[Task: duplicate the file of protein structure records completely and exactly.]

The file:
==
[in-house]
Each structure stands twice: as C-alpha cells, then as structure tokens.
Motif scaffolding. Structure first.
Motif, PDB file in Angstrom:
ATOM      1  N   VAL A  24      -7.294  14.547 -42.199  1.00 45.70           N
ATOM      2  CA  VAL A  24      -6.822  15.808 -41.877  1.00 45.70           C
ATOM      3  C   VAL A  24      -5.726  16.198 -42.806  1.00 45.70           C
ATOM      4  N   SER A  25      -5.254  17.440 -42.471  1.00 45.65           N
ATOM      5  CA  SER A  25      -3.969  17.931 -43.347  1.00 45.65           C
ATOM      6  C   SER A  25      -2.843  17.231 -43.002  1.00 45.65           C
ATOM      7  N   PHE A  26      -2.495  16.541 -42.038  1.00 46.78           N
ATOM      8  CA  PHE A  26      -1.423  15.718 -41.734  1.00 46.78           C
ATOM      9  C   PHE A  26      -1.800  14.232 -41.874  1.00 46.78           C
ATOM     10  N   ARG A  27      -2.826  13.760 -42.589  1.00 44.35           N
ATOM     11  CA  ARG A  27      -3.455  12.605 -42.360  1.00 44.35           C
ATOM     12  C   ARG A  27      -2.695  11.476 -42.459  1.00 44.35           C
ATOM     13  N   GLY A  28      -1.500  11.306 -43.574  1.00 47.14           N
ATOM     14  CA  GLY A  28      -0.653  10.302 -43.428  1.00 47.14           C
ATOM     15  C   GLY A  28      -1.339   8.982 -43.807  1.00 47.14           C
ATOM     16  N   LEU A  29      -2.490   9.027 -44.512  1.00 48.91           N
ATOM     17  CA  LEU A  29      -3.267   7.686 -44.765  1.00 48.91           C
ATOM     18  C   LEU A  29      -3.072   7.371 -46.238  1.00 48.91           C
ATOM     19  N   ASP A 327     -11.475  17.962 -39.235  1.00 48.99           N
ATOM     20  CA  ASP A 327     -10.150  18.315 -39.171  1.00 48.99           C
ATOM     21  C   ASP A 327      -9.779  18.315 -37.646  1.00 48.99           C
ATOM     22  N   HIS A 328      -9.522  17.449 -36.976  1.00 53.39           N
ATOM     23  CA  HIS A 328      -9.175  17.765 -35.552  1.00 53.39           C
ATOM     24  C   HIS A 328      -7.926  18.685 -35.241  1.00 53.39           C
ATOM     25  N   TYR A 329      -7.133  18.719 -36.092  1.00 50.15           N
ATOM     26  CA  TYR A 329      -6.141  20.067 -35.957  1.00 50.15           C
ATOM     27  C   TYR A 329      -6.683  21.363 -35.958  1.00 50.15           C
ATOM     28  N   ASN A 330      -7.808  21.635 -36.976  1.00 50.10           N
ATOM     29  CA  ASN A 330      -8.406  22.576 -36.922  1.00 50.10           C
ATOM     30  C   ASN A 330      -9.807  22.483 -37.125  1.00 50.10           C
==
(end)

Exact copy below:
[in-house]
Each structure stands twice: as C-alpha cells, then as structure tokens.
Motif scaffolding. Structure first.
Motif, PDB file in Angstrom:
ATOM      1  N   VAL A  24      -7.294  14.547 -42.199  1.00 45.70           N
ATOM      2  CA  VAL A  24      -6.822  15.808 -41.877  1.00 45.70           C
ATOM      3  C   VAL A  24      -5.726  16.198 -42.806  1.00 45.70           C
ATOM      4  N   SER A  25      -5.254  17.440 -42.471  1.00 45.65           N
ATOM      5  CA  SER A  25      -3.969  17.931 -43.347  1.00 45.65           C
ATOM      6  C   SER A  25      -2.843  17.231 -43.002  1.00 45.65           C
ATOM      7  N   PHE A  26      -2.495  16.541 -42.038  1.00 46.78           N
ATOM      8  CA  PHE A  26      -1.423  15.718 -41.734  1.00 46.78           C
ATOM      9  C   PHE A  26      -1.800  14.232 -41.874  1.00 46.78           C
ATOM     10  N   ARG A  27      -2.826  13.760 -42.589  1.00 44.35           N
ATOM     11  CA  ARG A  27      -3.455  12.605 -42.360  1.00 44.35           C
ATOM     12  C   ARG A  27      -2.695  11.476 -42.459  1.00 44.35           C
ATOM     13  N   GLY A  28      -1.500  11.306 -43.574  1.00 47.14           N
ATOM     14  CA  GLY A  28      -0.653  10.302 -43.428  1.00 47.14           C
ATOM     15  C   GLY A  28      -1.339   8.982 -43.807  1.00 47.14           C
ATOM     16  N   LEU A  29      -2.490   9.027 -44.512  1.00 48.91           N
ATOM     17  CA  LEU A  29      -3.267   7.686 -44.765  1.00 48.91           C
ATOM     18  C   LEU A  29      -3.072   7.371 -46.238  1.00 48.91           C
ATOM     19  N   ASP A 327     -11.475  17.962 -39.235  1.00 48.99           N
ATOM     20  CA  ASP A 327     -10.150  18.315 -39.171  1.00 48.99           C
ATOM     21  C   ASP A 327      -9.779  18.315 -37.646  1.00 48.99           C
ATOM     22  N   HIS A 328      -9.522  17.449 -36.976  1.00 53.39           N
ATOM     23  CA  HIS A 328      -9.175  17.765 -35.552  1.00 53.39           C
ATOM     24  C   HIS A 328      -7.926  18.685 -35.241  1.00 53.39           C
ATOM     25  N   TYR A 329      -7.133  18.719 -36.092  1.00 50.15           N
ATOM     26  CA  TYR A 329      -6.141  20.067 -35.957  1.00 50.15           C
ATOM     27  C   TYR A 329      -6.683  21.363 -35.958  1.00 50.15           C
ATOM     28  N   ASN A 330      -7.808  21.635 -36.976  1.00 50.10           N
ATOM     29  CA  ASN A 330      -8.406  22.576 -36.922  1.00 50.10           C
ATOM     30  C   ASN A 330      -9.807  22.483 -37.125  1.00 50.10           C